The simple elevation of user and application privileges lies at the heart of many breaches.

We must hope that January’s huge data breach at Target will be a turning point in the history of data breaches. For the first time, businesses are starting to ask difficult questions - might the fact that one of the US retail sector’s most respected retailers can be breached with such ease not be telling us that something is profoundly wrong with enterprise security?

To its credit, Target has been relatively open about the technical failings that aided the hackers. The firm’s CIO Beth Jacob even resigned as part of a security overhaul. Clearly, executives are now in the firing line when things go wrong. The astonishing thing about Target’s woes is that not only are large data breaches nothing new they are starting to become normal.

Historically, the top ten data breaches run in the following order of size:

  • Heartland Payment Systems (2009 – 130 million accounts)
  • Target (2014- 110 million)
  • TK/TJ Maxx (2007 – 94 million)
  • AOL (2014 - 92 million)
  • Sony PlayStation Network (2011 – 77 million)
  • US Military Veterans (2014 – 70 million)
  • LivingSocial (2013 – 50 million)
  • Evernote (2013 – 50 million)
  • CardSystems (2005 – 40 million)
  • Adobe (2013 – 38 million)

Looking at this list, a number of themes jump out. First, every single one of these incidents was in the US, which we have to assume is more to do with the disclosure laws than that country being more likely to suffer a large breach. Put more pessimistically, these are simply the breaches we hear about.

Second, although size grabs attention, it shouldn’t be assumed that scale always equates to severity. All data breaches are serious but as a recent breach that revealed personal details of only 10,000 women seeking help from the UK’s British Pregnancy Advisory Service underlines, tiny data breaches can also be incredibly serious.

It’s also intriguing that six of these major breaches have happened in the last 12 months. It could be that hackers are just trying their luck more often than in the past or, as many suspect, organizations are just getting better at spotting them. Either way, we have to assume that the search for weak security has become an industrial-scale business model for the criminal underworld.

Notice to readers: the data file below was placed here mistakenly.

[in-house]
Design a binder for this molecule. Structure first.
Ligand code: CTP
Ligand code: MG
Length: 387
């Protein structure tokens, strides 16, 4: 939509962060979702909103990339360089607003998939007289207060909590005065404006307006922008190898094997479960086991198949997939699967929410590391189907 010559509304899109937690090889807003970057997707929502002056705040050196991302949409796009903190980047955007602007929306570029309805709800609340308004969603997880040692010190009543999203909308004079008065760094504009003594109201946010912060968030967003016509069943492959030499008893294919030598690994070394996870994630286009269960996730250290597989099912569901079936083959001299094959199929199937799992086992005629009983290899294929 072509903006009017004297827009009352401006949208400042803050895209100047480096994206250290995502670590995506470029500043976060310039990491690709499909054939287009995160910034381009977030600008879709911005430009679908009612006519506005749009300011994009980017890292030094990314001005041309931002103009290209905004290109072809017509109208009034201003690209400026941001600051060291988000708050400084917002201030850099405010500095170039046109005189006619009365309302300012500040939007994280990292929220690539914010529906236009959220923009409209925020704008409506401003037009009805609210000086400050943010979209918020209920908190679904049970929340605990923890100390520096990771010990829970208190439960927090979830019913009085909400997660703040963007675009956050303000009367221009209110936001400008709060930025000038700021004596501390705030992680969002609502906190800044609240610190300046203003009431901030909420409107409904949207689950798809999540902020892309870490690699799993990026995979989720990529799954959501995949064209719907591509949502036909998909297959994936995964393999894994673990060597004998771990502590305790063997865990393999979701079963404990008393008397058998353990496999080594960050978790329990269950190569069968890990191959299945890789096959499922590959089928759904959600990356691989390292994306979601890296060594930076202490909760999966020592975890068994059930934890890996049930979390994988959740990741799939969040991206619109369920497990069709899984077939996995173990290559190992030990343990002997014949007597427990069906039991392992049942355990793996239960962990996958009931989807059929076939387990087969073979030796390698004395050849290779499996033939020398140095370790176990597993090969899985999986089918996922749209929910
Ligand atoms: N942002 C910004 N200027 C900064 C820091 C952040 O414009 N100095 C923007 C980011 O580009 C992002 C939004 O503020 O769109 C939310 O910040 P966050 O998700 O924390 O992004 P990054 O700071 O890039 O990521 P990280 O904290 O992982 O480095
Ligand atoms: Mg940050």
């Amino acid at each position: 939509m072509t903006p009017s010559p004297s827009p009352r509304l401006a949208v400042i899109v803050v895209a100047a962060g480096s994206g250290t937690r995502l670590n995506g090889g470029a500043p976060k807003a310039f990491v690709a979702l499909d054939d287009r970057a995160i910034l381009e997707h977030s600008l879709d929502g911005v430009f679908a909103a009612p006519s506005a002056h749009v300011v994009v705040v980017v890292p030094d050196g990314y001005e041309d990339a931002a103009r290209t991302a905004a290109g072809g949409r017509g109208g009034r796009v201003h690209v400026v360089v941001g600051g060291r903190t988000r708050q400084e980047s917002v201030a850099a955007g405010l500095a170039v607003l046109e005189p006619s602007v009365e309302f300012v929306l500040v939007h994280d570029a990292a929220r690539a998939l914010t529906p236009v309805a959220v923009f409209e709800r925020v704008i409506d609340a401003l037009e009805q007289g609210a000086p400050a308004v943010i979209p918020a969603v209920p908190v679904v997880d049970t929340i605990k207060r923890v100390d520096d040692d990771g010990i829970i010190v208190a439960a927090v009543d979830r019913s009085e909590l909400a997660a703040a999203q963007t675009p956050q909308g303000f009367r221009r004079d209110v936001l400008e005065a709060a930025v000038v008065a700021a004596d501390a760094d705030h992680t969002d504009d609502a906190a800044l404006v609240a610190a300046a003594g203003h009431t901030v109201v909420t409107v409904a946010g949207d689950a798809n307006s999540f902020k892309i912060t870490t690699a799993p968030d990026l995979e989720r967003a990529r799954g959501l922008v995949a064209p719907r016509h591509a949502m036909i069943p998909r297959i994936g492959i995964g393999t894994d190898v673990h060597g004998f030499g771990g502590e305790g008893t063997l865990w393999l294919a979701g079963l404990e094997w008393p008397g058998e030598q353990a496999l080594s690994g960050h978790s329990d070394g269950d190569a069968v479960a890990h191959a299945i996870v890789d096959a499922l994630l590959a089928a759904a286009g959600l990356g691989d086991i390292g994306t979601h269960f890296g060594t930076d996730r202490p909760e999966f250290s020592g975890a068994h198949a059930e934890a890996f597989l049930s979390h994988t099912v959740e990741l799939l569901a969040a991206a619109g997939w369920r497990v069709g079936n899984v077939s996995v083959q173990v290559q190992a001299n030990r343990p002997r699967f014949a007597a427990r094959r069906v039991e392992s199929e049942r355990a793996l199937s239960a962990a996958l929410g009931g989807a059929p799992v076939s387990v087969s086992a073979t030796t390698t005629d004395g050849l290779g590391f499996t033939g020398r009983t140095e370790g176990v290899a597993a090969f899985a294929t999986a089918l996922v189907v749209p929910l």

The Target hack

This attack was only one of at least half a dozen that affected large US retailers in 2013, which as far as we can tell all involved planting malware on PCs connected to point-of-sale (POS) terminals. The malware used in the Target hack was a popular Russian toolkit called BlackPOS, sold specifically for use against retailers. That is the really chilling part of the Target incident; there are now several dedicated toolkits sold for attacks on this sector alone.

We can only infer the precise engineering of the attack, but it is clear it had several layers, starting with a reported compromise of a third-party contractor whose credentials were phished to gain access to the network. The current assumption is that multi-factor authentication was probably not in place.

Next, using only that one credential and the access rights it afforded, the criminals were able to move around the network, gaining access to deeper layers. A number of techniques could have been used but past POS attacks have exploited admin-level default passwords for specific applications the attackers either know or guess will be present. The attack complete, the criminals then made off with 110 million customer account records without being detected until they were long gone.

As in so many attacks, the underlying theme is simply the abuse of privileges, first of the contractor, then at the application level. Although this attack was external, the same risk of failing to control accounts and privileges would have applied to a rogue insider too. The fact that this problem is well understood, makes its constant re-occurrence in new attacks unbelievable. Allowing this to continue would be a failure to learn on a grand scale.